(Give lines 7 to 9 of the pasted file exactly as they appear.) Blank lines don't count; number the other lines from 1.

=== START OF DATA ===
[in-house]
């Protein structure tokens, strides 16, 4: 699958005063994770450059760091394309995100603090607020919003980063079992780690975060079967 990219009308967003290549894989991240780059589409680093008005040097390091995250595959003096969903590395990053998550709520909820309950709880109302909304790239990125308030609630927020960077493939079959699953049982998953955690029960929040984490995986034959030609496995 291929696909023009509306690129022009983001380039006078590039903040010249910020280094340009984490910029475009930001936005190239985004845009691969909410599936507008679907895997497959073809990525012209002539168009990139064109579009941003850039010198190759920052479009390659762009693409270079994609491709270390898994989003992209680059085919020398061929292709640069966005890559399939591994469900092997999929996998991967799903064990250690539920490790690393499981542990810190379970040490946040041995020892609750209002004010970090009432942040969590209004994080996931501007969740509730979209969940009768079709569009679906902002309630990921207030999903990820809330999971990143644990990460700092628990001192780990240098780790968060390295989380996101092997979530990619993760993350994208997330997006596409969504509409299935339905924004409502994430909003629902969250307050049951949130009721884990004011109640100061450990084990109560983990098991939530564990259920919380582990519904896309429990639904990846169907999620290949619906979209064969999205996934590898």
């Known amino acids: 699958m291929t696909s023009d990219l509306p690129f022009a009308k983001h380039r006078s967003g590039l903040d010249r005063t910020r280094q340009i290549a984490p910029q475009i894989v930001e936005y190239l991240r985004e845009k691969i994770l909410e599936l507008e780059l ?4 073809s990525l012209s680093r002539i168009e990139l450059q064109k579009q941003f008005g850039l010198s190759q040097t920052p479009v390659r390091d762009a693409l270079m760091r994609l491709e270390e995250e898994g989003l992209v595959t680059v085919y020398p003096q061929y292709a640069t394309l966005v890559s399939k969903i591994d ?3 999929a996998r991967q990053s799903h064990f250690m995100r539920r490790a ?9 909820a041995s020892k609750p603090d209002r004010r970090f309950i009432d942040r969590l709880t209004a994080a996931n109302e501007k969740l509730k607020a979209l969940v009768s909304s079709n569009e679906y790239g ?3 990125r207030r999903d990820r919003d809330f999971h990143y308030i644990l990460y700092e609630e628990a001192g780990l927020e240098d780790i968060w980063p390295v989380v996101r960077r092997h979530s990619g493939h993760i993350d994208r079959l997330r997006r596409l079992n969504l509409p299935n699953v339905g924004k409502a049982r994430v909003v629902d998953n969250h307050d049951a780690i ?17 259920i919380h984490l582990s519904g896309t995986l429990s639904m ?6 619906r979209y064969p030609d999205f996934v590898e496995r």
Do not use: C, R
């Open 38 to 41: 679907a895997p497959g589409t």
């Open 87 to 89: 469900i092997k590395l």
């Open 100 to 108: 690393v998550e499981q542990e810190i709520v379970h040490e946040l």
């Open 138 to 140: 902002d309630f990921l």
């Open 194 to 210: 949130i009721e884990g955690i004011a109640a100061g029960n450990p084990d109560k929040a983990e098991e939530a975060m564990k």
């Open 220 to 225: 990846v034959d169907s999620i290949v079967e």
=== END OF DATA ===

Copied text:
């Open 100 to 108: 690393v998550e499981q542990e810190i709520v379970h040490e946040l």
């Open 138 to 140: 902002d309630f990921l």
């Open 194 to 210: 949130i009721e884990g955690i004011a109640a100061g029960n450990p084990d109560k929040a983990e098991e939530a975060m564990k």